Sunday, October 02, 2005

The struggle over the election law

The political subcommittee of the national agenda committee is struggling with how to formulate a new election law. As with any type of exercise in which people want to determine the outcome, the members are split according to who they want elected. The conventional wisdom is that if there are purely political elections, the Islamic Action Front will walk away with most of the seats. On the other hand, the current system ensures that non political figures dominate the parliament. Thus, in order to please everybody, the subcommittee is suggesting a two-tier system. There will be a national set of seats, which will be voted on based on party slates, and district seats in which independents can run.

The point of disagreement now is whether to allow people to vote for one slate or the other, or to allow them two votes, one for the national and one for the local slate. The IAF representatives want to allow people two votes, in the hope that they will take seats both as a slate and as individuals in the districts. Of course, the government wants to allow only one vote, in the hope of limiting the IAF to the national seats and keeping the local seats for the independents.

The basic assumption in all of this is that there really is only one political party in Jordan. Instead of relying on people's good sense, the government wants to maintain as much of the tribal makeup in the parliament as possible. This does not bode well for the government's professed interest in "political development". It is useful to limit the opposition to a party that most people are afraid of.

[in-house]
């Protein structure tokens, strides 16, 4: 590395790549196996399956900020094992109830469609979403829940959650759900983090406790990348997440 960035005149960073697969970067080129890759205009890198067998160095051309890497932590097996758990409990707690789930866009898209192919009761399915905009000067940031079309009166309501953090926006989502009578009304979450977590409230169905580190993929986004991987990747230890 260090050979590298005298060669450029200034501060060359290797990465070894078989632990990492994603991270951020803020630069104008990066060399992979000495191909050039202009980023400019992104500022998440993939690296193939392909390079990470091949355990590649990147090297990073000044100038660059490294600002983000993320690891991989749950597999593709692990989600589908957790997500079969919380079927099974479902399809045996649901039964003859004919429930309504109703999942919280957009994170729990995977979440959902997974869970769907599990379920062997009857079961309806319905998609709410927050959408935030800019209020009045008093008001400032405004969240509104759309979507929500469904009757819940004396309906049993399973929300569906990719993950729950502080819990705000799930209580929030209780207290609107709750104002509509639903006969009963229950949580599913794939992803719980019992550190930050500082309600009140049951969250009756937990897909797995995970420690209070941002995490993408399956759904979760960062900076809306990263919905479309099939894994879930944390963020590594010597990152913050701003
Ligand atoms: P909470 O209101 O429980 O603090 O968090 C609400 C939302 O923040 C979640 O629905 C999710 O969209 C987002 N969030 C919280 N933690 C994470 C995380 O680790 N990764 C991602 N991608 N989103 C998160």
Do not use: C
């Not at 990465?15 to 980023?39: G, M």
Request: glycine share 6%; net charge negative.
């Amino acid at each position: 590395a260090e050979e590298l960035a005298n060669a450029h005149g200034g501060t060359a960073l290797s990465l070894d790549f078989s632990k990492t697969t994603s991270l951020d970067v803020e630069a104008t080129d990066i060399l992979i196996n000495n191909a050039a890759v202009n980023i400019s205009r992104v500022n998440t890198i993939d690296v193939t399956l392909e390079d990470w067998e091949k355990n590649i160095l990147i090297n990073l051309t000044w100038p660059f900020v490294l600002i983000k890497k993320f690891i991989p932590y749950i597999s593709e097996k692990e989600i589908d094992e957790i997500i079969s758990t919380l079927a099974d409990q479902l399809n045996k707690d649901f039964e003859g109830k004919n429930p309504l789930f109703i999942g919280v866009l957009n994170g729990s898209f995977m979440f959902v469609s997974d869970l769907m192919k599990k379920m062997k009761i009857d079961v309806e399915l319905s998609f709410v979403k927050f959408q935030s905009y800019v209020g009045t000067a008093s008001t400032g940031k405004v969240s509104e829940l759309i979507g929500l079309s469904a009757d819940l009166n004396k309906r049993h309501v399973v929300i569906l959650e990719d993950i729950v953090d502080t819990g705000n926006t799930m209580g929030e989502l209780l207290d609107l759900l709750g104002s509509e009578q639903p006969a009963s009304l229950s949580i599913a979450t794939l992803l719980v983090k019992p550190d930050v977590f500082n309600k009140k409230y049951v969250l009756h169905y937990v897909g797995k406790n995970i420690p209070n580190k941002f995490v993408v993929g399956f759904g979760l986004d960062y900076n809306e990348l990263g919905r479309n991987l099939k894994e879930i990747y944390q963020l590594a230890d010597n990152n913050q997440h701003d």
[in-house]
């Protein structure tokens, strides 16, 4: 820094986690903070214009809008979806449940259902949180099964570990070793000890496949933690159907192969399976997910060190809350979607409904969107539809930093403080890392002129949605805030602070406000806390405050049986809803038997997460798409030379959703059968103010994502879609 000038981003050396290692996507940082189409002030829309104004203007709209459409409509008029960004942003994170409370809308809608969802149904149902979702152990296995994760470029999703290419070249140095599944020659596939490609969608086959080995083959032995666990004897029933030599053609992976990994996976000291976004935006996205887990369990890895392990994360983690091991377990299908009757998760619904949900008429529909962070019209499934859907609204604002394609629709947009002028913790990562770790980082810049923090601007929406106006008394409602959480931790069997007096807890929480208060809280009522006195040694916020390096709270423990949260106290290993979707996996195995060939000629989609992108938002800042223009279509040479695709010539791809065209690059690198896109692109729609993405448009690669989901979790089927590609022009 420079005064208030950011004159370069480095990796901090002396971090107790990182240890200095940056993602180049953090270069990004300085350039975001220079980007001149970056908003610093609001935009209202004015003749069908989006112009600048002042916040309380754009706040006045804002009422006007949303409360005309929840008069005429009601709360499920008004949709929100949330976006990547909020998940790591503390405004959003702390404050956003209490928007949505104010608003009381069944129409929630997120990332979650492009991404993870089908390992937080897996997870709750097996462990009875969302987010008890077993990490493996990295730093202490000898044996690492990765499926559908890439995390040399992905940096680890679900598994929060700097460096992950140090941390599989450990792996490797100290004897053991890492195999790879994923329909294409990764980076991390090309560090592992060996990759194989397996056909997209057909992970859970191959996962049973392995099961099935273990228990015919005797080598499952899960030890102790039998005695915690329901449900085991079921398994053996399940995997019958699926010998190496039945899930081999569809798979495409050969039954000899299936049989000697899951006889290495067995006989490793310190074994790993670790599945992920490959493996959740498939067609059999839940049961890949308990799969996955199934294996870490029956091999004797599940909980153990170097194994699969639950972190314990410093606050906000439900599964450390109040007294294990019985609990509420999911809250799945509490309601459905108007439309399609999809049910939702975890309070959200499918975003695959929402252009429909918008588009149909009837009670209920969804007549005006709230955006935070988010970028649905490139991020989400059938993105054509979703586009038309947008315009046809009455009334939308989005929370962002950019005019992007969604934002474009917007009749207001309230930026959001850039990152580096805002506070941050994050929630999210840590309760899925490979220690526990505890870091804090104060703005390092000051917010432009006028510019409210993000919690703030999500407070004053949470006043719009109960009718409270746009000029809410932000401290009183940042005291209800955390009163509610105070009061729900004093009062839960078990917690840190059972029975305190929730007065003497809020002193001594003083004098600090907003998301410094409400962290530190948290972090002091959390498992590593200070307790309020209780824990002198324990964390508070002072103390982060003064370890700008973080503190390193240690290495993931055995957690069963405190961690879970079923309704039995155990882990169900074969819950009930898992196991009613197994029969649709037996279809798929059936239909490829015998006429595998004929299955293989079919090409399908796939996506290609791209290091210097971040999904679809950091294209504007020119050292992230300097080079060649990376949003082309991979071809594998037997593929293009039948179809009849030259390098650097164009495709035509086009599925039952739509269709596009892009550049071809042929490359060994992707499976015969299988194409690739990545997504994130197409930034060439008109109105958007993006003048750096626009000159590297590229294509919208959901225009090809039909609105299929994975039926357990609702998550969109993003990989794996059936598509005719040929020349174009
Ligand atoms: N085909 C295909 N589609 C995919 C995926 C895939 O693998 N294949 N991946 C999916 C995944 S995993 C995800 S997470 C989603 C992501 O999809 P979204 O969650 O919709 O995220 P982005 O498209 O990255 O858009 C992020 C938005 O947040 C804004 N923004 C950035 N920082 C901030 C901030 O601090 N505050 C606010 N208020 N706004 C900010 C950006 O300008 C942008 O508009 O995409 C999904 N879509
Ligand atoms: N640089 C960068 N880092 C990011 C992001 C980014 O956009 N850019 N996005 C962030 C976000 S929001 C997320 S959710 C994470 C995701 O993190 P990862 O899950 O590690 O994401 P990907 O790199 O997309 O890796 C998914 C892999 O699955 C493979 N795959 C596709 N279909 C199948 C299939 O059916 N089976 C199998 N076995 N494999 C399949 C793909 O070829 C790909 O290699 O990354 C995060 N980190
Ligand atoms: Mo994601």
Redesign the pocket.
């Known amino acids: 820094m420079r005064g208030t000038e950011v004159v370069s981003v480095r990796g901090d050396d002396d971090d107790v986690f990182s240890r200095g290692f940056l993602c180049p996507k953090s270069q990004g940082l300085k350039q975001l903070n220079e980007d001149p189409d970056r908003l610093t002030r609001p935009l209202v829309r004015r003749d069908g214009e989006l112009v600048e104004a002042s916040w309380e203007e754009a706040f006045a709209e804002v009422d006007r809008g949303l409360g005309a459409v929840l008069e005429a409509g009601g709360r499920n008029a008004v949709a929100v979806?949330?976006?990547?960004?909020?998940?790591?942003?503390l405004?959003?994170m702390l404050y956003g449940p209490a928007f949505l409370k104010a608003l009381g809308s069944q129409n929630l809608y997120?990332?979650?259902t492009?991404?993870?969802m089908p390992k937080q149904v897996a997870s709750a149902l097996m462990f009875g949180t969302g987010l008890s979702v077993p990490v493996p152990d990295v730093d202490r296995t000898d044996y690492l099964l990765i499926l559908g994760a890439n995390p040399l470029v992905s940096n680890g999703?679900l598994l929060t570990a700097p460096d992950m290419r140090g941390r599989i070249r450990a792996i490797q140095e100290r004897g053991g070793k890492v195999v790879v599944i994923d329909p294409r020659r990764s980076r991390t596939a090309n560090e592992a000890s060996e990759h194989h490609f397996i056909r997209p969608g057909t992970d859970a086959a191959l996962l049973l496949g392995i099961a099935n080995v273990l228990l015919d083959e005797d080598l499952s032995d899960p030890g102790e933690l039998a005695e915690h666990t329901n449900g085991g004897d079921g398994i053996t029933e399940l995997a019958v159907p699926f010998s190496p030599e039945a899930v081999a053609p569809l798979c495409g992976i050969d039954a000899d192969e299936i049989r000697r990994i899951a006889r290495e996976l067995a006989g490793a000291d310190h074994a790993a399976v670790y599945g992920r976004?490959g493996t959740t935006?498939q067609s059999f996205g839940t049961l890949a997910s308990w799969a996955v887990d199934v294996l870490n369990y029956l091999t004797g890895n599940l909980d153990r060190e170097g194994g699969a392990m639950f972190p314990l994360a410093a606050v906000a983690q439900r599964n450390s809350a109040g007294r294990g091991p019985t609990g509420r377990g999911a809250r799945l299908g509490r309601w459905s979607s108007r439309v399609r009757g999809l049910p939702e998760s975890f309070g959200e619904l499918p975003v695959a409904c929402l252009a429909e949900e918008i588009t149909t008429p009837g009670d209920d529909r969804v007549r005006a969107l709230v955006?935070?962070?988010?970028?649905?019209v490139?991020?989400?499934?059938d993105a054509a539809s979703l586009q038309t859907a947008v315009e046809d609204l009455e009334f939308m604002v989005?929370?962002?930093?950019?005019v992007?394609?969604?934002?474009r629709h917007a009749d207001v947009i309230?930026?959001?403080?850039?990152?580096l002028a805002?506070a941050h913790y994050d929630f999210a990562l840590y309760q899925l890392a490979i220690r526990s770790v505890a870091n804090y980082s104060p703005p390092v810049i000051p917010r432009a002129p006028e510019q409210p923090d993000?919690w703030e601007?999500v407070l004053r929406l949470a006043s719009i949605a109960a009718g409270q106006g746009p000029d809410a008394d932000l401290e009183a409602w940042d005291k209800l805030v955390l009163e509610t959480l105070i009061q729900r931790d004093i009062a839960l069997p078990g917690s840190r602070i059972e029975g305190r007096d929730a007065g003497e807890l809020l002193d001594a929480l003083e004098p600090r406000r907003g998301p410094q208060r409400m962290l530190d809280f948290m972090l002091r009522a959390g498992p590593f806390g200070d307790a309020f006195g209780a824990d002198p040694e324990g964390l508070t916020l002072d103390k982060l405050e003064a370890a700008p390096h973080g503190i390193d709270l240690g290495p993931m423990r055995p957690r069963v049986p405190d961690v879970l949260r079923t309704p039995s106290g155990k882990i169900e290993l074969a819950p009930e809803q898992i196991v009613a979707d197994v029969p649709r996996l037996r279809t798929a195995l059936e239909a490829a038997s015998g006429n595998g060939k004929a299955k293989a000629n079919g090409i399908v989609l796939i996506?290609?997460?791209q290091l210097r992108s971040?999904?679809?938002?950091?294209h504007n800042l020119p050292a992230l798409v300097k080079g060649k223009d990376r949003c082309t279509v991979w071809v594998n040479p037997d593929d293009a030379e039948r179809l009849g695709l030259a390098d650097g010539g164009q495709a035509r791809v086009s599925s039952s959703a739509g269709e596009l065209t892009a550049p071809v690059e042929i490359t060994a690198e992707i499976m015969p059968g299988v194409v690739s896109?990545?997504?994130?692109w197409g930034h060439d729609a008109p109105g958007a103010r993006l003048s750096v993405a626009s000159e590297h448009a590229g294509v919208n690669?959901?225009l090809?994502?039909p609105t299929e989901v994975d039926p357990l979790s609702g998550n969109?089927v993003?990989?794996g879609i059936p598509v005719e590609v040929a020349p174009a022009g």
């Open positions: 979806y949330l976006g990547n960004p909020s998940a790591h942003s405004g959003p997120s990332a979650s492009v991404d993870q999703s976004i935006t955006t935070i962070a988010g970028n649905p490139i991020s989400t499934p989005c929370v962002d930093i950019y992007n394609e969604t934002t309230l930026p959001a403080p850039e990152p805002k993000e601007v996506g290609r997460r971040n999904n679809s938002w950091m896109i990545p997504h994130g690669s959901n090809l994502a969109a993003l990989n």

In essence, the only political party that has been allowed to flourish over the last 50 years is the Muslim Brotherhood (now using the IAF as a name for the "legal" political party). All recent elections show that over 80% of people don't vote for IAF candidates. Opinion polls also show that 80% of people don't think that the IAF represent their views. Granted, most people don't think that any of the existing political parties represent their views either. I believe that this is because people really haven’t put any effort into studying what each of the 30 or so political parties in Jordan stand for. Simply stated, the electoral system doesn't encourage this. You either vote for an IAF candidate or for an independent.

If we really want to develop political life in Jordan, we would actually limit the ability of independents to run. This can be done by only allowing candidates who submit a petition with a large number of signatures (5000?) to run. If you are a candidate for a licensed political party, then you can run. This would limit the number of candidates and help people focus on issues as well as personalities. I believe that the fear of the IAF taking a majority is a smokescreen, designed to actually increase the popularity of the IAF and to stunt the growth of all the other parties.

2 Comments:

At 10:49 PM, Blogger Hatem Abunimeh said...

I think that you are jumping the gun a little bit over here, the recommendations of the subcommittee have not yet been made public as of yet, and as such, it would be premature for us to speculate on exactly how the political landscape is going to look like for the next elections. I have a keen interest in the topic and I'll be revisiting it I'm sure more than once after the publications of the national agenda's articles.Though your analysis are very good for now.

 
At 7:28 AM, Blogger Carl said...

Working is useful and as you also said that the IAF to the national seats and keeping the local seats for the independents,so the IAF is trying the best and putting the effort and giving the best,and the news are awesome and absolutely great which you share,so this is good to see and i must say that they are doing the best.
_______________________________
Dissertation

 

Post a Comment

Links to this post:

Create a Link

<< Home